Many civic groups need volunteer communicators for special events. These groups don't have the equipment, much less the training, to handle their communications needs. This is where you and your buddies step in. Volunteer to be their radio operators! It's easy, it's fun, and they'll be very, very grateful. All you need are some 2m handhelds and a few hours of spare weekend time.
Here's how it worked for my club, the Georgian Bay Amateur Radio Club. Each year we provide communications for the Terry Fox Run, and the Santa Claus Parade, in Owen Sound, Ontario. We begin by meeting with the event organizers, well in advance, to tell them who we are and what we can do. (Actually, we've been doing both of these events for several years now, so they know what we can do. But let's assume you're starting fresh.) We stress the fact that we are communicators, not traffic wardens or security guards. This keeps our job focused on what we do best, and keeps us from being drafted for all sorts of drudgery. Then we ask them what their communications needs are, and where they would like some radio operators stationed. Sometimes they'll ask our advice on this.
For the 1997 Terry Fox Run, we stationed five operators at crucial turning points around the 5 km course. We also had an operator at the course starting-and-ending point, and an operator standing by with the ambulance. We had three tasks:
1. Make sure the runners see the turns in the course. (Okay, it's not radio, but we were communicating important information to the runners.)
2. Report the progress of the runners to the starting/ending point. (Operators around the course announced the progress of 'tail-end Charlie' as he passed their positions. That's how we knew when to head for home.)
3. Watch the course and report any emergency situations (like a fallen runner). This is why we stationed an operator with the ambulance. Fortunately, this precaution was uncalled for this year...but when it's needed, it's our most important function!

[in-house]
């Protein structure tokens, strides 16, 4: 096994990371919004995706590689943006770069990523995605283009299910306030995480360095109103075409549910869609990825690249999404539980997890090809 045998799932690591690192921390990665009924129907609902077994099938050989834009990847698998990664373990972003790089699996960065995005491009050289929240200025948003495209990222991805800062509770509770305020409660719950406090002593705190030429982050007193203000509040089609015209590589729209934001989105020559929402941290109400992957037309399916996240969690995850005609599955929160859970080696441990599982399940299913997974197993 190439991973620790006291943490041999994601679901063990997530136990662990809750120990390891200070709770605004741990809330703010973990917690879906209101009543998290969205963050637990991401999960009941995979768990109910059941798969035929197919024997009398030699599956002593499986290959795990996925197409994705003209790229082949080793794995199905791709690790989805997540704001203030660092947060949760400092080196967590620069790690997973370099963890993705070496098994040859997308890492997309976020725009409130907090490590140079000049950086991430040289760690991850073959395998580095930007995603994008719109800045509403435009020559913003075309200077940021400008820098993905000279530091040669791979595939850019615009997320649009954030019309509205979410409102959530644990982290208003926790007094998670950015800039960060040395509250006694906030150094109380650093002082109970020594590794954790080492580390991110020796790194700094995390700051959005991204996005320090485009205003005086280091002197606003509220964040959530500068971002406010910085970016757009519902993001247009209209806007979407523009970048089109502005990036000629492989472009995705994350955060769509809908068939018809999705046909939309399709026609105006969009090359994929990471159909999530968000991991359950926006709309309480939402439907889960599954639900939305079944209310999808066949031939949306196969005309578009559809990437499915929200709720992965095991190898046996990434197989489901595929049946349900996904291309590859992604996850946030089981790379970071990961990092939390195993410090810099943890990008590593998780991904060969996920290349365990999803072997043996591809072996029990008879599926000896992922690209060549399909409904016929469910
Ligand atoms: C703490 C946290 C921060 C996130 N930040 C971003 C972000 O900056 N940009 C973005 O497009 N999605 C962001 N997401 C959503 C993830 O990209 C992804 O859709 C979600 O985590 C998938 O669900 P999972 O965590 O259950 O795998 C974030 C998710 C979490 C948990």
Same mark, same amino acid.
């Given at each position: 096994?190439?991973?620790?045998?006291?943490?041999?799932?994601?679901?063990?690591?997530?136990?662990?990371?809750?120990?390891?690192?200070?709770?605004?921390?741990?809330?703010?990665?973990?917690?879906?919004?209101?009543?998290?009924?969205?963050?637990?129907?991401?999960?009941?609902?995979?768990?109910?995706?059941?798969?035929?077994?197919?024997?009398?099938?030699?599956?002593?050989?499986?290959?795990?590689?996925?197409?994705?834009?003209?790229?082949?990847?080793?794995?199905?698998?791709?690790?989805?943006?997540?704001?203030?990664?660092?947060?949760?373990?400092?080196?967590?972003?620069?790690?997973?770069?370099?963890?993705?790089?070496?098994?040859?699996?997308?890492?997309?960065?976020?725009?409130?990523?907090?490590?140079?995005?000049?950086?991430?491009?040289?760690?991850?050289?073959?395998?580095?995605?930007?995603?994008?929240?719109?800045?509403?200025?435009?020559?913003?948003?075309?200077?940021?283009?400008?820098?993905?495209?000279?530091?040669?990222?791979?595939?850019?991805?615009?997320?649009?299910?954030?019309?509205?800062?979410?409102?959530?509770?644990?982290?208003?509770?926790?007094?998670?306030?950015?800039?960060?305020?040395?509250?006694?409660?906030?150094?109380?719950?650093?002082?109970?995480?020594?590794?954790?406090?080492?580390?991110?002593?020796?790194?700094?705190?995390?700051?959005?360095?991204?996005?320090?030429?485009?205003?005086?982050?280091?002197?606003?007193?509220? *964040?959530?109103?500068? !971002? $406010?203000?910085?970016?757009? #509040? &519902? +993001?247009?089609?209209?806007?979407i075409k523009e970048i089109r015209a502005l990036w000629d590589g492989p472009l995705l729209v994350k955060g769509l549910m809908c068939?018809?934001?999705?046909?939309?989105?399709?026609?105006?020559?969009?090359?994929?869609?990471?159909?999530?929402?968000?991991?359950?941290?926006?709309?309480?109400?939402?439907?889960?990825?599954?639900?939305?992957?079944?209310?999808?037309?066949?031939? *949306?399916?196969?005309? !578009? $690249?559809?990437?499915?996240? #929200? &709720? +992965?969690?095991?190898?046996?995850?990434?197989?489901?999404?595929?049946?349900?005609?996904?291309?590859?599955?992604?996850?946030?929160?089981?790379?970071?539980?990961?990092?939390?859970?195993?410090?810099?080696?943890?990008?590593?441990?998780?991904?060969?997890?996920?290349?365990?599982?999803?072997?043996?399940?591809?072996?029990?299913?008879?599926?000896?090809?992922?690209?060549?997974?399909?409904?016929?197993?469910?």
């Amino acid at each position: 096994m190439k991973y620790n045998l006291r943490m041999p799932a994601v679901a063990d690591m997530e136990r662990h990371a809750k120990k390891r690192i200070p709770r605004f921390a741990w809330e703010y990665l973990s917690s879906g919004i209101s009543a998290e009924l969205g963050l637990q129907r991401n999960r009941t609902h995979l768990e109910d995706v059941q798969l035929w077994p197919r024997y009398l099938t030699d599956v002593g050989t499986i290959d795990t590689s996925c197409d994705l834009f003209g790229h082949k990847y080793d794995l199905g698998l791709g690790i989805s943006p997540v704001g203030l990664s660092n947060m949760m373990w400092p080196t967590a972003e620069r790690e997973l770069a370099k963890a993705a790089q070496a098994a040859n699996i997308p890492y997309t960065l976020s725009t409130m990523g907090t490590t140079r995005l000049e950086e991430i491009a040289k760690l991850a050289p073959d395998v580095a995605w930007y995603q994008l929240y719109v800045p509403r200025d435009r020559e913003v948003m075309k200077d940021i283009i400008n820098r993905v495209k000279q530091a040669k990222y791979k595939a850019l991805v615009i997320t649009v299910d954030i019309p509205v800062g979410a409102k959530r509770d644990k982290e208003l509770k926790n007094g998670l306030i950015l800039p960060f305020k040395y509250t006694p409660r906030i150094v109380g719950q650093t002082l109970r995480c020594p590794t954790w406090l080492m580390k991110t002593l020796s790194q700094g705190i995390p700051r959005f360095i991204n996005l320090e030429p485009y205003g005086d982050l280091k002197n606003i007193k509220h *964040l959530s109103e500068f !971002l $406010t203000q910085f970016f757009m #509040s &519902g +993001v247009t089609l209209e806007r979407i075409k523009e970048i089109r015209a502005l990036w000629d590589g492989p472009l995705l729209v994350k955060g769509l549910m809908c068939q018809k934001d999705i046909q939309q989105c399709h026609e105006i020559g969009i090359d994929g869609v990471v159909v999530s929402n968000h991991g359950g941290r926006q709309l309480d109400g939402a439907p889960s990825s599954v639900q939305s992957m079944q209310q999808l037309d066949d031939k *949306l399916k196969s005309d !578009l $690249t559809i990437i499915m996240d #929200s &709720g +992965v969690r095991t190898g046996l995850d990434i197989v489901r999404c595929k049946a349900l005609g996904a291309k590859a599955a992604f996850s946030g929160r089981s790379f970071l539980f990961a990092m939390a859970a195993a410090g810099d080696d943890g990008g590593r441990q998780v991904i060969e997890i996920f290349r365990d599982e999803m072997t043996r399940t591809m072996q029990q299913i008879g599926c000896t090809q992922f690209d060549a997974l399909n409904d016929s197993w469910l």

The Santa Claus Parade is run by the local Kiwanis club, and they know how to work efficiently with us. We placed several operators along the parade route, each teamed with a Kiwanis member who handled crowd control. We also put two operators in the parade assembly area (where all the floats are getting lined up), and one operator with the parade organizer at the start of the route. Finally, we stationed an operator with the TV crew covering the parade. Their jobs were:
1. Help get the floats lined up in order. Our "assembly" operators inform the parade organizer as the floats are getting lined up. She then tells us if there are any missing or out-of-sequence floats... it's her decision what to do. We report when missing floats turn up. (Sometimes they're waiting elsewhere along the route; sometimes they joined in the wrong place.)
2. Relay changes from the parade organizer to the TV crew. The TV camera is stationed near the end of the route, and as each float comes into view, the announcer reads its name from a list. We help them keep the list "up to date" so that last-minute changes don't mess them up.
3. Report progress to the parade organizer (who can't see very much of the route from the starting point). We can tell the "downstream" people when the parade has actually started, and the "upstream" people when the last float has passed.
4. Relay requests for parade control. Sometimes the parade bunches up, and sometimes big gaps form. We pass messages "upstream" to tell them to slow down or speed up the floats. Sometimes we have to tell them to stop the floats, as we did one year to let an ambulance in.
What makes the system work is that all the operators are on the same frequency, and can hear everything that's going on. For me, that's half of the fun. (It reminds me of my college days when I worked part-time at a TV station...you wouldn't believe some of the repartee that passes back and forth among the TV crew's headsets.) But it's also great to be out there showing off the hobby, and to get smiles and "thank you's" from the participants and bystanders. It gives a warm feeling to watch the kids smile, and to know you've helped with a worthy cause.